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In BIP157, under "Client Operation", we have the following paragraph:

Starting from the first block in the desired range, the client now MAY download the filters. The client SHOULD test that each filter links to its corresponding filter header and ban peers that send incorrect filters. The client MAY download multiple filters at once to increase throughput, though it SHOULD test the filters sequentially. [...]

I'm wondering about the bolded part: why should the client test the filters in sequence? Why can't it test them as it receives them? I'm having a hard time coming up with a good reason to test them sequentially. Anyone knows?

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A HD wallet doesn’t know what indexes of a seed to scan for until the ones prior have been used, which can’t be discovered out of order. To allow for out of order scanning the address gap limit would need to be prohibitively large, and might still result in re-scanning filters if the wallet is particularly active.

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  • Hmm, but I was under the impression that the wallet would have to scan up to the gap-limit anyway, in case some of the indexes end up being "skipped", eg. 3 addresses are generated, but only the 3rd ends up being used. – cloudhead Dec 29 '20 at 10:32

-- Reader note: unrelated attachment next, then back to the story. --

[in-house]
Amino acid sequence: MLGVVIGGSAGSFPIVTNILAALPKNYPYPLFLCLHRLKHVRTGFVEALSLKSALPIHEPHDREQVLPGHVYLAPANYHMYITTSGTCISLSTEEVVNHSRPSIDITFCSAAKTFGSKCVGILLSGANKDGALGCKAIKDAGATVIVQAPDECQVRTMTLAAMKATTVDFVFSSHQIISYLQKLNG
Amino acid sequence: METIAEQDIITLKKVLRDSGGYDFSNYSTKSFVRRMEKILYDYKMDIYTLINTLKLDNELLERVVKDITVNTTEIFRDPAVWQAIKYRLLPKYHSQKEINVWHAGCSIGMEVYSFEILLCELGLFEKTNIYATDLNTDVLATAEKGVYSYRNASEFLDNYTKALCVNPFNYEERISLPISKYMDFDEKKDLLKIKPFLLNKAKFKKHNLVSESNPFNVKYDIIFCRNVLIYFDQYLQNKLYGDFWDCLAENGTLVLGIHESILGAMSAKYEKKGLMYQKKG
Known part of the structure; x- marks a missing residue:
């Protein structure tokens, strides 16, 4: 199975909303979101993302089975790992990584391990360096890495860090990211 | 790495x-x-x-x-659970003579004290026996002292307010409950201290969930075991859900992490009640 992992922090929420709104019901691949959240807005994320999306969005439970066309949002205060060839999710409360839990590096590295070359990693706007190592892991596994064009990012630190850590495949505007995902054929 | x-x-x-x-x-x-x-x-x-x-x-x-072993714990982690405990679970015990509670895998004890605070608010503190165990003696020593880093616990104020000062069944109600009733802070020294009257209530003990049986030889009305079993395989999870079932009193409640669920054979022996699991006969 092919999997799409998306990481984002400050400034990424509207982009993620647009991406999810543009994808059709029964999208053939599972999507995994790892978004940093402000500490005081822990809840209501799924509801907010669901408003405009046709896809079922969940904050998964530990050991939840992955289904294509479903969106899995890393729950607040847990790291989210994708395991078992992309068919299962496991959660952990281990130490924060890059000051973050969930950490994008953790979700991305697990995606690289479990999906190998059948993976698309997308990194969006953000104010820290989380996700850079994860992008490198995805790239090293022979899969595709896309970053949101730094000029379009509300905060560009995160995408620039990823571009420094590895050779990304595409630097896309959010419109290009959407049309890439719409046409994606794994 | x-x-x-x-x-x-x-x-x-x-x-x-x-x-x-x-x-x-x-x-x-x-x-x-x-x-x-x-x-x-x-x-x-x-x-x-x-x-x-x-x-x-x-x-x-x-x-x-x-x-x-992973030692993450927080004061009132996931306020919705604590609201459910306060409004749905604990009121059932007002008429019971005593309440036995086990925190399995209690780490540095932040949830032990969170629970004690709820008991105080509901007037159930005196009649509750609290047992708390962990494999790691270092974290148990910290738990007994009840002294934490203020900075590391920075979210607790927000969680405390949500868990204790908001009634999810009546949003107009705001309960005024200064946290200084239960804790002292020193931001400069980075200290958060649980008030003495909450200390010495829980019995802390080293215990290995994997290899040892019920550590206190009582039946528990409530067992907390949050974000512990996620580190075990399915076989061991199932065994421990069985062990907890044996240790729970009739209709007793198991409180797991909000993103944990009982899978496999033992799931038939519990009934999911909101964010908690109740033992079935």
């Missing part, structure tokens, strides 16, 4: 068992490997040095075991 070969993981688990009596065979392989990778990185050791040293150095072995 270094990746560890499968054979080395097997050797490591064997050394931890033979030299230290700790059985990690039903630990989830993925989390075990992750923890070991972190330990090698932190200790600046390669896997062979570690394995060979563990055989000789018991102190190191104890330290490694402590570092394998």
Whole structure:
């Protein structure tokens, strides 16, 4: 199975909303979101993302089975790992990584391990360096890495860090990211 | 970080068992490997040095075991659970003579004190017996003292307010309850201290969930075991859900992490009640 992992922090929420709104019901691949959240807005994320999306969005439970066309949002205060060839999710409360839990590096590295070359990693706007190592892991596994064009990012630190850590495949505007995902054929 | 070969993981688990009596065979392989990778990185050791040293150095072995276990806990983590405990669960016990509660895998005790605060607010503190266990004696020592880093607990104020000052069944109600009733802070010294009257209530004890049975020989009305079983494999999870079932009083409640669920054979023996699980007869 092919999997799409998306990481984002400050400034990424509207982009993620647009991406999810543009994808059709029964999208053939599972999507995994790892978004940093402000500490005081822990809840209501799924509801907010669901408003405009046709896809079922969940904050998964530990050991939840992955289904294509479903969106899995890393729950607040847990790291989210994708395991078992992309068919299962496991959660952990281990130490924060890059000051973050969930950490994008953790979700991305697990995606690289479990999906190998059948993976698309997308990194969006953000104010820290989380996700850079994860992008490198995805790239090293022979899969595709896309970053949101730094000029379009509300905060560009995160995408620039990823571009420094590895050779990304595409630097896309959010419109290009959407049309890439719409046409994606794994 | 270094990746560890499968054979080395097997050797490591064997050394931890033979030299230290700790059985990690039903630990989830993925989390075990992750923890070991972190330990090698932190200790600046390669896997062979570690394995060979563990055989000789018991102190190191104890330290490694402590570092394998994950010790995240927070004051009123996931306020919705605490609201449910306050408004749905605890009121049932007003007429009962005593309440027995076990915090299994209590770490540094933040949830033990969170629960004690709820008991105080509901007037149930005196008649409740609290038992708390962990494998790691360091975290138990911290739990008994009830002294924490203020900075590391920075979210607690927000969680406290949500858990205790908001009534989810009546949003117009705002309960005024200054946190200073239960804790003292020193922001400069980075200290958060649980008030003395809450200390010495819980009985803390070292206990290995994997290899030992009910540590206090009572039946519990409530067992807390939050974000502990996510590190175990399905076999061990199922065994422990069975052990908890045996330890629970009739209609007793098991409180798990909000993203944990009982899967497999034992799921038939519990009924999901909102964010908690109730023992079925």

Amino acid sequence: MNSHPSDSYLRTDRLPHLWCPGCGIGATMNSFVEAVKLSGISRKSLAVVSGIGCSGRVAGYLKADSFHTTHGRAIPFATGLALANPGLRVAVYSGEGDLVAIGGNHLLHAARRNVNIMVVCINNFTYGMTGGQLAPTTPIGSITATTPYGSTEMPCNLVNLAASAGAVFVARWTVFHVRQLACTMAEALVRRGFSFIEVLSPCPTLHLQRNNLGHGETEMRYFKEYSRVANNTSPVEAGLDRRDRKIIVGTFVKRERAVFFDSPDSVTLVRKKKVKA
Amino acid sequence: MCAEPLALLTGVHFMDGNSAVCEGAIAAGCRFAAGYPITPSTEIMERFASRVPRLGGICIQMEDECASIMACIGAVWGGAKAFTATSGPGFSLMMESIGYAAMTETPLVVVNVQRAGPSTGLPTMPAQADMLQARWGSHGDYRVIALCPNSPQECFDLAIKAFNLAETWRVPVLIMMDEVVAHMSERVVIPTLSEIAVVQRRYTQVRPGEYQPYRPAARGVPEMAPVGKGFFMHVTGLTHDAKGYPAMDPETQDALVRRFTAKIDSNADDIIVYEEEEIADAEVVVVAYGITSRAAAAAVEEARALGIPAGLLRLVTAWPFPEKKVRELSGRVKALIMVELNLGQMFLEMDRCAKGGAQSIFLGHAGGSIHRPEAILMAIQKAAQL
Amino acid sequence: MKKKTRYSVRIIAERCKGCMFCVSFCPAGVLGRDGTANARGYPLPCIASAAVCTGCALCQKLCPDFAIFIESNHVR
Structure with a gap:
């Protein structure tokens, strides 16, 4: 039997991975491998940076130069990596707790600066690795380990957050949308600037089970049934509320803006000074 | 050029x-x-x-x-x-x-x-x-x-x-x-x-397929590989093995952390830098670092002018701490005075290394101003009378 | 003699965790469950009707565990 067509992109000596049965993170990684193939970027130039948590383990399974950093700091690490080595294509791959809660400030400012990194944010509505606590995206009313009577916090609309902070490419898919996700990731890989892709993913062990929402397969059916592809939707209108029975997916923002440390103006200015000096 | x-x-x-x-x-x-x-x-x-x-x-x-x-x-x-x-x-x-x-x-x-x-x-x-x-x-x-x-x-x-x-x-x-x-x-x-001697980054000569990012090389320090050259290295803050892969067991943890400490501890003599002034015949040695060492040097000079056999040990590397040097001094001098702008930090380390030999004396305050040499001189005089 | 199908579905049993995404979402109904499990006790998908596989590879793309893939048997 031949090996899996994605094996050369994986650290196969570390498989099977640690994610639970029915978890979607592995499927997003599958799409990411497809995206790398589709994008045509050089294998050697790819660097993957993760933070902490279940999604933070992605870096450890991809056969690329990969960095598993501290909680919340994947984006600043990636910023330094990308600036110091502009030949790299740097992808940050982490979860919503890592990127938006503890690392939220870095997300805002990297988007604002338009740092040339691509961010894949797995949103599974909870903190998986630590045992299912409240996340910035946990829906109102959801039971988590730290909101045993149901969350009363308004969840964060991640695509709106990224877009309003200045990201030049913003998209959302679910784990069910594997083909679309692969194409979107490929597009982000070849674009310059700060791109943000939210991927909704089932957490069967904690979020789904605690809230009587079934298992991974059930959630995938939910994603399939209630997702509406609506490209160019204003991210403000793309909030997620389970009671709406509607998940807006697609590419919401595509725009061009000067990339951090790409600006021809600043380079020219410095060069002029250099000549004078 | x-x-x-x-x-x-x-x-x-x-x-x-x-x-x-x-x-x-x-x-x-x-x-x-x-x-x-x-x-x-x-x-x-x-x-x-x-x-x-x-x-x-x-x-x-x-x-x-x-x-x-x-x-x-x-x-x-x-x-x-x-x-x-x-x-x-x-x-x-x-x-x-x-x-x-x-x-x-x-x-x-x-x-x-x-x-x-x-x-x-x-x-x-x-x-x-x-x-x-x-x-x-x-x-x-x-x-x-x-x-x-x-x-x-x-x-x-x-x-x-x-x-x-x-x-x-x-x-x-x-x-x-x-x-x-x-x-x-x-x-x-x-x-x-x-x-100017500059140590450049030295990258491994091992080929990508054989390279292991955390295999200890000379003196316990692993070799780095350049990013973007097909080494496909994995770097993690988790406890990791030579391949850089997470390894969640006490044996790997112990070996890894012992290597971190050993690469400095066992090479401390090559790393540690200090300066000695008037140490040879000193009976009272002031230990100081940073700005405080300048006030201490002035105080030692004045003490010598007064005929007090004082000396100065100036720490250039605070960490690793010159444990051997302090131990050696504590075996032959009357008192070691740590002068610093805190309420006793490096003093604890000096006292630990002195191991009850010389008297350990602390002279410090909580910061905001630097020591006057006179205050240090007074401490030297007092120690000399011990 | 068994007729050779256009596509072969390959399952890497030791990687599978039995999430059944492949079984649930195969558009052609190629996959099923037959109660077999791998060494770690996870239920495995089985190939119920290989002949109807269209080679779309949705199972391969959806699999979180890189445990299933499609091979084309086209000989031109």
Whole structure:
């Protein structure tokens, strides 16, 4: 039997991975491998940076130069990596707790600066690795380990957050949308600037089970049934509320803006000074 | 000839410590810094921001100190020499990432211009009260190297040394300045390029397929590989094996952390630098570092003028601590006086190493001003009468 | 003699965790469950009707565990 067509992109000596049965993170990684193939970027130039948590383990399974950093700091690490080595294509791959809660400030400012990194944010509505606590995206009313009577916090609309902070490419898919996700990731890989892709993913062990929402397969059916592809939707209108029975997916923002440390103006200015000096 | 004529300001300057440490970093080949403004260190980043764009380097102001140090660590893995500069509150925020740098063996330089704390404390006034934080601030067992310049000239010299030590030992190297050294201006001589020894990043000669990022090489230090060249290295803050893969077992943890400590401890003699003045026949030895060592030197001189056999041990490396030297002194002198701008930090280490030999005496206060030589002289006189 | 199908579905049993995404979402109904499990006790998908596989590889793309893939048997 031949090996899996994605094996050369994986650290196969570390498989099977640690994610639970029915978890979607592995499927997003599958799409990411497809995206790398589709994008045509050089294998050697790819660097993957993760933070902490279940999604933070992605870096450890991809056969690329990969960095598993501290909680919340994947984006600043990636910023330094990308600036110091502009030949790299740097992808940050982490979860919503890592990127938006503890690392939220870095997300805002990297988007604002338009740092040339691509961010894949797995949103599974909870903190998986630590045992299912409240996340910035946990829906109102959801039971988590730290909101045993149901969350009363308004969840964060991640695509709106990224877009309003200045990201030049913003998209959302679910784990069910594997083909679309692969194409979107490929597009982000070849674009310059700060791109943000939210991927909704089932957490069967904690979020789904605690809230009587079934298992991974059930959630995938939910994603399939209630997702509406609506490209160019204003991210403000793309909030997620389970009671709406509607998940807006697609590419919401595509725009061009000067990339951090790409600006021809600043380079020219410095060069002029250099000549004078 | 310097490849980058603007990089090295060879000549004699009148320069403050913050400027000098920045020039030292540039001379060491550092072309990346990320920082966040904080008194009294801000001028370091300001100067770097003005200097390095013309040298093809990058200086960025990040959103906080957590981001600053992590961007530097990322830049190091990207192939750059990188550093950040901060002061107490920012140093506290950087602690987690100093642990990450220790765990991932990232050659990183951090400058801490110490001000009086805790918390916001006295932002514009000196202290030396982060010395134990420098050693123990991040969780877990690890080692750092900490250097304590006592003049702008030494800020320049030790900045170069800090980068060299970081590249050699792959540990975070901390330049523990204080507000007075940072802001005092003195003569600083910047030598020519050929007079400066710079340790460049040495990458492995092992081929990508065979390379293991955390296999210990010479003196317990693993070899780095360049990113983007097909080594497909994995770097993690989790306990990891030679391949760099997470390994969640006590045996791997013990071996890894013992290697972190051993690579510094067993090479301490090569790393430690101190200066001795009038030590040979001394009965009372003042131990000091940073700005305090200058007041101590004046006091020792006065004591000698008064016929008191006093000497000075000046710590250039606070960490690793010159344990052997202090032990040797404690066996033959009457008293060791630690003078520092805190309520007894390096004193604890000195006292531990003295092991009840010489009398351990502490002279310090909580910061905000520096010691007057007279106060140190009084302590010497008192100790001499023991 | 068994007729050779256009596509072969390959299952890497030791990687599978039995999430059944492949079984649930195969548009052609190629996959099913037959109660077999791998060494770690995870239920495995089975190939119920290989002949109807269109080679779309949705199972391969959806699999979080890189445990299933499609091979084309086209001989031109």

• Thinking about this more, it makes sense if what you mean is that we need to scan up to highest_used_index + gap_limit, such that everytime a higher index is used, we scan further. Is that the idea? – cloudhead Dec 29 '20 at 10:53
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    Yes, that's exactly the point: the address body is expanded as time progresses and you might not have derived sufficient addresses to find all your transactions if you start with later blocks. On the other hand, if you just set an enormous gap limit, scanning the blocks for matches will take forever. – Murch Dec 29 '20 at 11:30
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    Especially in the case of systems like BIP157, having a large gap limit just reduces inefficiency as the filters get dirtier unnecessarily. Scanning them only sequentially isn't of particular concern regardless as they tend to be processed rather quickly once received (or cached). – Anonymous Dec 29 '20 at 11:48

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